ISLAMABAD: During an eight-hour trial on Thursday, the counsel for Finance Minister Ishaq Dar continued to point out discrepancies in the prosecution’s evidence and, during the cross-examination of a prosecution witness, found certain documents to have been tampered with.
The accountability court of Islamabad also finished recording the testimony of a second prosecution witness, Shahid Aziz of the National Investment Trust (NIT), who was produced before the court by special prosecutor Imran Shafiq.
Proceedings started around 8:15am and continued until 4pm, with a couple of intervals.
Mr Dar was accompanied to court by his cabinet colleagues Daniyal Aziz, Tariq Fazal Chaudhry, Anusha Rehman and Barrister Zafarullah Khan.
Next hearing on Oct 16; PPP demands finance minister step down on ‘moral grounds’
The ministers were quite active in the morning when proceedings began. But as the accountability court continued with its examination of a single witness until 1pm, the ministers seemingly lost the interest and took to resting their eyes in the courtroom.
National Accountability Bureau (NAB) prosecutors Wasiq Malik and Afzal Qureshi also took advantage of the witness’ lengthy testimony and napped for a while.
During the cross examination, defence counsel Khawaja Haris drew the court’s attention to an original document regarding Mr Dar’s investments which was produced by the witness, saying that it was different from the copy submitted to the court.
It emerged that the form carried stamps of two cities — Lahore and Islamabad — and seemed to have been tampered with.
When confronted with this detail, the witness said that while NIT kept the original form, a carbon copy was sent to Karachi, adding that the photocopy that was submitted to the court was sent to him by the Karachi office.
However, the court noted that the original and photocopy were different.
In his statement, the witness informed the court that after receiving the original, as well as photocopies of the documents from Karachi, he sent the same to the Lahore NAB.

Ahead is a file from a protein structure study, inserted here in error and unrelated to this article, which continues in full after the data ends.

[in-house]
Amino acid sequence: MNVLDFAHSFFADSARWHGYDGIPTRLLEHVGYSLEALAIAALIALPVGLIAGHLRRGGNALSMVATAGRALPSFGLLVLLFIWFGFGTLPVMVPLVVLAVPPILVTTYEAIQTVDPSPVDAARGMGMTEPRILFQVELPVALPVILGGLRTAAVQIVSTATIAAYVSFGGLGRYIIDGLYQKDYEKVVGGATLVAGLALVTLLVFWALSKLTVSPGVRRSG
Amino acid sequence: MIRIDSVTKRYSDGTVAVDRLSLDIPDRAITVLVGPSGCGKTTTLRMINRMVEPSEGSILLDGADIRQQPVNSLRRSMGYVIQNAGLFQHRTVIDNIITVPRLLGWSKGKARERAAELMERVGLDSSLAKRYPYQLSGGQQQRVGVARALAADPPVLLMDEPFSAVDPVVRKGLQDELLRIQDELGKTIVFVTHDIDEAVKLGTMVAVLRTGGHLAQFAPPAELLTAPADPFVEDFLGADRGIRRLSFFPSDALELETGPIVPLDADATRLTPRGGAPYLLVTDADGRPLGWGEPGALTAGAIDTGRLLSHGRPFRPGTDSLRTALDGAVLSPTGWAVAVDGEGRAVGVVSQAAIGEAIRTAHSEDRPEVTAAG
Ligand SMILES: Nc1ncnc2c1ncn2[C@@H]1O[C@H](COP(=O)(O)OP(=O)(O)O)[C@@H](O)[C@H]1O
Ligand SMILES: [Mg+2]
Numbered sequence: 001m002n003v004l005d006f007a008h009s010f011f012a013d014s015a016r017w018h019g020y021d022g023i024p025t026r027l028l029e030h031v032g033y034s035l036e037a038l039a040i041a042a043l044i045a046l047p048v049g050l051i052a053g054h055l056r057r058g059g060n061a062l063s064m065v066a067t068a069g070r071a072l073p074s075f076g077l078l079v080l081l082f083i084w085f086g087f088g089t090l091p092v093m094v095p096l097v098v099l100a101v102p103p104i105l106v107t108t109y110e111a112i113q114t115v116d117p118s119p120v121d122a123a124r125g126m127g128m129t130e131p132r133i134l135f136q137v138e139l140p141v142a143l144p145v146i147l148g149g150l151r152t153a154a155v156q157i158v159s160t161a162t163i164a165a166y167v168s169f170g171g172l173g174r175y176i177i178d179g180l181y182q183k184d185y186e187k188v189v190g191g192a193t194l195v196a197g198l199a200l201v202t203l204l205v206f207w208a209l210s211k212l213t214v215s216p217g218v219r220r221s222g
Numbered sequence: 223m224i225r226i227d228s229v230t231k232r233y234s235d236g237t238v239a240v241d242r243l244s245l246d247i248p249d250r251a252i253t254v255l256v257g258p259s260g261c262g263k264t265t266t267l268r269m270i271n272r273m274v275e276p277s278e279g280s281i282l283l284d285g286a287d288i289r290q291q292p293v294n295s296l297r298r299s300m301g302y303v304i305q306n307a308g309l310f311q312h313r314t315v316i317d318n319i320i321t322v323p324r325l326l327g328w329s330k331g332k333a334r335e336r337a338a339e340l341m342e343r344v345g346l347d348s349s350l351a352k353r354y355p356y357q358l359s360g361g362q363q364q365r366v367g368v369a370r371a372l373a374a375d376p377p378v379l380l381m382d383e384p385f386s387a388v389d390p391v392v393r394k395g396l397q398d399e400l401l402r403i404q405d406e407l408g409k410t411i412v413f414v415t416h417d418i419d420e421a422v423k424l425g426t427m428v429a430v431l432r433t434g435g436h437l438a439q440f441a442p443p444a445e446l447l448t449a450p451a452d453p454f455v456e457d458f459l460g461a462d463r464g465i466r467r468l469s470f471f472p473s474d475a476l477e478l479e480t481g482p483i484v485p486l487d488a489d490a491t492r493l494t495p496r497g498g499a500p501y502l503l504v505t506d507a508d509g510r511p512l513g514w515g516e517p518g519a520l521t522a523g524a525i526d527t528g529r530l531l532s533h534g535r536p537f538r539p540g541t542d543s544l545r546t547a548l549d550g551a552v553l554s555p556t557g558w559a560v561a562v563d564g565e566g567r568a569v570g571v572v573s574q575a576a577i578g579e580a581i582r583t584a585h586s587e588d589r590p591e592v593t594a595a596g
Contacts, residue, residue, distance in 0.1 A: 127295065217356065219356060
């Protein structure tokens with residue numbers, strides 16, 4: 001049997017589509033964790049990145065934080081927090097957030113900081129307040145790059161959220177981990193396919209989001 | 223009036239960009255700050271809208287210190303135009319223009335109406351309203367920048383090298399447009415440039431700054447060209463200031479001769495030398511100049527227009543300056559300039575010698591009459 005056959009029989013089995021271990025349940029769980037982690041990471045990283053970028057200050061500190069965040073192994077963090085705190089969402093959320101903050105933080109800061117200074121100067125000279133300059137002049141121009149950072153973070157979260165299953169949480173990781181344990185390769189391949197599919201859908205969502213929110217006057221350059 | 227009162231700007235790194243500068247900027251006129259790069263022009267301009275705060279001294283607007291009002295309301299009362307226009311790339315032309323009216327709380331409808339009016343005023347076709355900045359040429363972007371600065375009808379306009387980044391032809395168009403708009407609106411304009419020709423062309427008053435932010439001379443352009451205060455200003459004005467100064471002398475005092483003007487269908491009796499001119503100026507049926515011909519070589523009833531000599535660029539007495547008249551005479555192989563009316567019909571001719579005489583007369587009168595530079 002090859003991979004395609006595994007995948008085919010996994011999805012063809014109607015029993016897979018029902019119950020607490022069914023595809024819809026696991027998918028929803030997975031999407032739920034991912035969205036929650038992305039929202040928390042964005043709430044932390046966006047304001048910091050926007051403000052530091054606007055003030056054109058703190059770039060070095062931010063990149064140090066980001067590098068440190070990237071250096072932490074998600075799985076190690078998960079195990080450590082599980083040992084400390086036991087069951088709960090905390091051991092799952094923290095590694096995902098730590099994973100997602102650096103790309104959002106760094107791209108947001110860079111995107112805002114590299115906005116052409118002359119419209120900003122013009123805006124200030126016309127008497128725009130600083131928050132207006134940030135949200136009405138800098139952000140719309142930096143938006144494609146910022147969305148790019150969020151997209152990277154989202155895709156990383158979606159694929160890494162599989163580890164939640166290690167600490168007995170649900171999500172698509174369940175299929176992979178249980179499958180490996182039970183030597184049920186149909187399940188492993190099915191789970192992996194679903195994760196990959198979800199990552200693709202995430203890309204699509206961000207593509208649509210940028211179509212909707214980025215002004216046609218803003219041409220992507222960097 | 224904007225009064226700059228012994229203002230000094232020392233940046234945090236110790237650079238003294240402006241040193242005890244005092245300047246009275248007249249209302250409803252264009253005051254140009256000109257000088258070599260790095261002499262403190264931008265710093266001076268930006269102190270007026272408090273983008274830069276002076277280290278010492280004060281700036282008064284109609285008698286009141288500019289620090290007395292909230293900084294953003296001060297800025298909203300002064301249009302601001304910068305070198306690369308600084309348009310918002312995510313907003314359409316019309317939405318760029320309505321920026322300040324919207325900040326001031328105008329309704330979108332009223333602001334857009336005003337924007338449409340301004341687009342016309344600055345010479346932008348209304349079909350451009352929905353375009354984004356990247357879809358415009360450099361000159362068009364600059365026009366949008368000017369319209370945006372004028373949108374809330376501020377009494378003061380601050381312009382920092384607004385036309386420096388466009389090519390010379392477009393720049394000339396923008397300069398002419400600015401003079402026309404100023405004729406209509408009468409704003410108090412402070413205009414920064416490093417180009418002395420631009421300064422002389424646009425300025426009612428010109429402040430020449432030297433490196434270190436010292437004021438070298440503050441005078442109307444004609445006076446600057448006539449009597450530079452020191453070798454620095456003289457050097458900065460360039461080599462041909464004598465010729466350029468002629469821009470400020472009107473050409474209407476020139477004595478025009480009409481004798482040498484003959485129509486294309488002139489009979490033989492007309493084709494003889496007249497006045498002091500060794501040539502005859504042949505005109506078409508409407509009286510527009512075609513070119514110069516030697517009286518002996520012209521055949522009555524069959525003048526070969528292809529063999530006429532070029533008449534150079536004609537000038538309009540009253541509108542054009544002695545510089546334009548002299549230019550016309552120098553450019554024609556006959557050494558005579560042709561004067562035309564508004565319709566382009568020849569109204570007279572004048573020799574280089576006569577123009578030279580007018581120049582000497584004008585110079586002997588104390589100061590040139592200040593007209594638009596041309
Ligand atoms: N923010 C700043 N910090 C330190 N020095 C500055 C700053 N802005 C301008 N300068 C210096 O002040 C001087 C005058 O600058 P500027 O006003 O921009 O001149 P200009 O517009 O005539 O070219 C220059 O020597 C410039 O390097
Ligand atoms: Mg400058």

“If a carbon copy is made from the original document, then why is the photocopy different from the original?” asked Khawaja Haris.
The witness, however, said it was routine practice to make corrections in such documents.
The witness told the court that Mr Dar invested Rs120 million in NIT, but withdrew the amount in January 2017.
During cross-examination, the witness confirmed that the investment was made in accordance with the company’s rules and the amount was refunded to Mr Dar, along with the profit, after deducting government taxes.
Another prosecution witness, Al-Baraka Bank Senior Vice-President Tariq Javed also recorded his statement. He also handed over documents regarding nine companies of the Hajvery Group, associated with Mr Dar.
During cross-questioning, Mr Javed admitted that he was neither the author, nor the custodian of most of the evidence he had produced before the court.
However, he claimed that the bank management had allowed him to trace the record of Mr Dar and the companies associated with him, but he could not produce any written orders in this regard.
He said that the management intimated him via email that he could produce the record at the next date of proceeding.
The accountability judge then put off further proceedings until Oct 16. The court also summoned another witness, Masoodul Ghani of the Habib Bank Limited, on the same date.
Separately on Thursday, Pakistan Peoples Party leaders Nayyer Hussain Bukhari and Saleem Mandviwalla demanded that the finance minister step down “on moral grounds” after his indictment, alleging that Mr Dar had ruined the economy.
“It seems as if an economic crisis is being deliberately engineered,” Mr Mandviwalla claimed, adding that when the minister’s own subordinates were appearing as witnesses against him in the NAB references, he was well-placed to influence their testimony.
“This is why he is not resigning,” the former finance minister said.
Mr Bukhari said it was humiliating for the country that Ahsan Iqbal had to be sent to talk to international financial institutions in place of the finance minister.
“Morality demands that he should step down when incriminating evidence is available against him,” said Mr Bukhari, when asked why the minister should resign when he had not even been convicted.
Published in Dawn, October 13th, 2017